“We have a three-bedroom house and rarely does only a couple book it. Be honest, the more people that come to a property the more laundry has to be done, the more electricity and water is used and the more liability is assumed by the host,” Foxall said.

a packing checklistA checklist would be good.

d3sign/Getty Images

Not double-checking you’ve packed all your belongings at the end of your stay

Smith noted that, while he’s happy to send anything back that’s left behind, it can lead to some awkward encounters.

“One example did make for an awkward situation with the guest, and the next guest, and our cleaning people, when the first [guest] left her vibrator in the nightstand. We had a good laugh about that,” he said.

Leaving food and drinks behind

Bull told Insider that it’s annoying to clean out the fridge after every stay.

“I think they think they’re doing a favor for the next guest by leaving it, but we have to throw it all away,” she said.

Waiting until the last minute to address issues with the listing

Foxall said he’s sometimes had problems with guests waiting until the last day to try and get a refund, instead of addressing issues early on.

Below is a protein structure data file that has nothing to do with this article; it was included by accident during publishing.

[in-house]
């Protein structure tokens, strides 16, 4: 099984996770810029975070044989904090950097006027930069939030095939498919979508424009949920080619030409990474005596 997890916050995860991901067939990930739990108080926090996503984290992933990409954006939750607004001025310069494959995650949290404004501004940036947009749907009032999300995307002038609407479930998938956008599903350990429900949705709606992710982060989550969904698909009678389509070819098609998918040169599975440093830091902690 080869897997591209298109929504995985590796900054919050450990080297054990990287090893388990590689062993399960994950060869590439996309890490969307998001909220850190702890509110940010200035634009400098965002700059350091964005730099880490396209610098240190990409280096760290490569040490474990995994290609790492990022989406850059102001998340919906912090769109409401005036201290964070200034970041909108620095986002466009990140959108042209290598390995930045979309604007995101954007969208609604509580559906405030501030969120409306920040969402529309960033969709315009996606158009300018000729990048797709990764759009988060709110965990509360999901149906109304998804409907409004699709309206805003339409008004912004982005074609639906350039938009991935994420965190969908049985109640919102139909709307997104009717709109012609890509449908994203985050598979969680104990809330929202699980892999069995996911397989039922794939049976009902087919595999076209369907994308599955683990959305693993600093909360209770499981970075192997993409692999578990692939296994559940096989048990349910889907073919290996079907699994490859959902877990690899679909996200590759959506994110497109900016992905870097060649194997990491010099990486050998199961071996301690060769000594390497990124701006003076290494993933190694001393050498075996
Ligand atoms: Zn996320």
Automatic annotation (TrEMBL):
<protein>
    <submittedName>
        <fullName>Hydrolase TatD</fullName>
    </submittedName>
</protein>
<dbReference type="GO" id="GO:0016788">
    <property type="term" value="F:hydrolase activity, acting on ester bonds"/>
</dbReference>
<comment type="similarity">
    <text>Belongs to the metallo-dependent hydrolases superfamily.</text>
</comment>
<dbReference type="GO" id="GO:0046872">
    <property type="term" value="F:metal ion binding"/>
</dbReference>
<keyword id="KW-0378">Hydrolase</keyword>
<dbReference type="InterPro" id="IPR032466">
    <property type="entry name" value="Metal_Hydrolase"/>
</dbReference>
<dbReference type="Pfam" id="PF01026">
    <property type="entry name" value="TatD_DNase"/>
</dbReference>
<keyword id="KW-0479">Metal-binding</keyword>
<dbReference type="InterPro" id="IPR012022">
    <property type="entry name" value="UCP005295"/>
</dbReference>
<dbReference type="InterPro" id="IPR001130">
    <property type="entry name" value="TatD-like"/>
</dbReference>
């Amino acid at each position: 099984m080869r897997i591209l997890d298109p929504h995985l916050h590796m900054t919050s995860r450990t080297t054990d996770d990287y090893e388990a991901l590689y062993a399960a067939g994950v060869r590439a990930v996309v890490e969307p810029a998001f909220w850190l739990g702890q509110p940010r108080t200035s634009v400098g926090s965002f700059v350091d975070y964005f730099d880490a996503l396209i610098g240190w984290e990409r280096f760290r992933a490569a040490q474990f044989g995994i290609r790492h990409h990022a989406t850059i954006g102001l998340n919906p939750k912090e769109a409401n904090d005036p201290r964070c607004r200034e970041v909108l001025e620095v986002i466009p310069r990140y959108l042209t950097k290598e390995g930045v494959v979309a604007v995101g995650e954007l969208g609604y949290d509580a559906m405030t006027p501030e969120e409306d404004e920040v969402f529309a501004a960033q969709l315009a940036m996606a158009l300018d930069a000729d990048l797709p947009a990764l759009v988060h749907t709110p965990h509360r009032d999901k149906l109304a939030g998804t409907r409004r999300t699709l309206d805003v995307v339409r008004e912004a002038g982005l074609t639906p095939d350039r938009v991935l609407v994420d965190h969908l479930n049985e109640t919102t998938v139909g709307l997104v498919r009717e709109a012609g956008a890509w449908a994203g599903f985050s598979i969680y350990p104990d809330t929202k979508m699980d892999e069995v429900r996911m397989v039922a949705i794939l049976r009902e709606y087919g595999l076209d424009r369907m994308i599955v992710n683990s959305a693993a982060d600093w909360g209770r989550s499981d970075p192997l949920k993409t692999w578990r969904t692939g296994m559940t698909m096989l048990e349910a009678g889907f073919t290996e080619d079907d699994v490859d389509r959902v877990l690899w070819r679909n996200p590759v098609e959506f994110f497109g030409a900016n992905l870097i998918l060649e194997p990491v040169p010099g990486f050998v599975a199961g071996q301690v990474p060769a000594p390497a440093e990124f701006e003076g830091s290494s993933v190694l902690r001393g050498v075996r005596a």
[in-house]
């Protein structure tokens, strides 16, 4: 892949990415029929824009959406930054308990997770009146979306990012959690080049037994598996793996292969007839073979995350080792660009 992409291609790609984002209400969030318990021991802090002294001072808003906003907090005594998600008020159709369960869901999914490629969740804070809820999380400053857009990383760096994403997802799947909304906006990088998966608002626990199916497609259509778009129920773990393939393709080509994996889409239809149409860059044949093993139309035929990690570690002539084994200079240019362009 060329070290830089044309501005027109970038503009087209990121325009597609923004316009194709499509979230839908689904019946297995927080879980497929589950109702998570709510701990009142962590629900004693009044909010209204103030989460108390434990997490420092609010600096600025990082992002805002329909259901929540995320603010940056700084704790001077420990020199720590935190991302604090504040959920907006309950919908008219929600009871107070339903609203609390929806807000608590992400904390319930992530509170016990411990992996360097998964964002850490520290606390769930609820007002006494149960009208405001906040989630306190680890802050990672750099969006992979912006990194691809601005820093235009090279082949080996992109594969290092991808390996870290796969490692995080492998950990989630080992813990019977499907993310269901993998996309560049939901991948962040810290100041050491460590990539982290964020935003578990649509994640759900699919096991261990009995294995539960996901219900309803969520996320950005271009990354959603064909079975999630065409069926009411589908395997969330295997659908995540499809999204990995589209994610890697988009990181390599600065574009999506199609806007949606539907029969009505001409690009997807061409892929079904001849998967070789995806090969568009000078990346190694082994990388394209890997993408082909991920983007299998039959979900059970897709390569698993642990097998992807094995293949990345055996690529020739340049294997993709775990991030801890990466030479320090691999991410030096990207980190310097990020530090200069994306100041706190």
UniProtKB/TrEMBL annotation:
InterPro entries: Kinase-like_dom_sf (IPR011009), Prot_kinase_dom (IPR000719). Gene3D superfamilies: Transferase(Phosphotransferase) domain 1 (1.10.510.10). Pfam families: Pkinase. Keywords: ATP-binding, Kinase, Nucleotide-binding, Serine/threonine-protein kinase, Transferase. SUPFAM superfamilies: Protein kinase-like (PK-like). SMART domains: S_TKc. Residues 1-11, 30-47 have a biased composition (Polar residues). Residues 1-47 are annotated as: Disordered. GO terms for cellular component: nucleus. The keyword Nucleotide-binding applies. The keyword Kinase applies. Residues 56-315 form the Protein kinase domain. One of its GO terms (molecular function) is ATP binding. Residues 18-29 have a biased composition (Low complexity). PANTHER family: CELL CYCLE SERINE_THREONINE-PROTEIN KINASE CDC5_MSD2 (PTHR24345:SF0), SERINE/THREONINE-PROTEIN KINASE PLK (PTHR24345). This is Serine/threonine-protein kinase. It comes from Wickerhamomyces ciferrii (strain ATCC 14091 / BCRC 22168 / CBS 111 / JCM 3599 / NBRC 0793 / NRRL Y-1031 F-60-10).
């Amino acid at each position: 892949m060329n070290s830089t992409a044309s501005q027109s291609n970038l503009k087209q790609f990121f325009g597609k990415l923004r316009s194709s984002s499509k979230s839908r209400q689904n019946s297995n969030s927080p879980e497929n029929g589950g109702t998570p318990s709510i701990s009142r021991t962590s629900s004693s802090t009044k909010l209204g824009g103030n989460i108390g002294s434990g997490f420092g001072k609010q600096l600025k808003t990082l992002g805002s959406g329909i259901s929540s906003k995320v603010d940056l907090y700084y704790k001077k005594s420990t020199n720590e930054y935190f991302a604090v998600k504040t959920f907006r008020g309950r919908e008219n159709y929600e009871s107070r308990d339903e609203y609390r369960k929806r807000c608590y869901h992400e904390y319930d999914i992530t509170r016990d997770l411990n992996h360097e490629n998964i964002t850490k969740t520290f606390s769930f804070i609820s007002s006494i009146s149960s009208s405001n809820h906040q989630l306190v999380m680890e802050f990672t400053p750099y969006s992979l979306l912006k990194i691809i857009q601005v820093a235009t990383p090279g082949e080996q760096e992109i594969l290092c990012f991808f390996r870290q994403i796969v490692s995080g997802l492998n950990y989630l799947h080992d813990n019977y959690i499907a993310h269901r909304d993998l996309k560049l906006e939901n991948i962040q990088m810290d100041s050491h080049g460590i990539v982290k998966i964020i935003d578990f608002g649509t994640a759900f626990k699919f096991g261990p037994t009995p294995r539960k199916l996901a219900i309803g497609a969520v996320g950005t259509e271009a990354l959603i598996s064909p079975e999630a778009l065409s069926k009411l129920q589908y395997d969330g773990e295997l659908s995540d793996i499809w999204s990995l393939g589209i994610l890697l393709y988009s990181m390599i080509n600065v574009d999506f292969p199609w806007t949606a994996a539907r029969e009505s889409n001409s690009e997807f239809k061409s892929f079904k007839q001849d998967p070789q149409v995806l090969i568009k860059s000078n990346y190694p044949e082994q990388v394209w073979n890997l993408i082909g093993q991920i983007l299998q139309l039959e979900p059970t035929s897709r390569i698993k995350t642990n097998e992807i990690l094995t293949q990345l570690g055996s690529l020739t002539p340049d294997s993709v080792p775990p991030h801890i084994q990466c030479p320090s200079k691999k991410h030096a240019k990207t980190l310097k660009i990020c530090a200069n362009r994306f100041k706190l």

“We encourage our guests to walk through the property and really check everything out. If anything is not working or is not clean, report it immediately and we will get it fixed. Don’t report it five minutes before you leave and ask for a full refund,” he said.

He even compared it to “eating all but one bite of an expensive steak at a restaurant and then sending it back.”

gnome in a weedy yardToo many weeds at the neighbors’ isn’t the host’s fault.

egumeny/Getty Images

Blaming hosts for problems with the property that are out of their control

Sometimes, a guest will leave a negative review for things that are simply impossible to control, like “neighbor’s yard was overgrown with weeds,” or for something they knew before booking like, “the downside to the home is that it only has one bathroom,” short-term rental marketing specialist Jorge Zarate told Insider.

Forgetting to leave a rating

As Insider reported previously, Airbnb hosts live and die by the website’s ratings. Many of the hosts mentioned that guests forgetting to leave reviews can be a problem, including Foxall.

“We provide all of our guests a guide to the star rating so they understand the difference between a five-star review, four stars, and so on. Be honest, but be fair, and if there are improvements to be made, let the host know before you submit your review so they can fix it,” he said.

Read the original article on Business Insider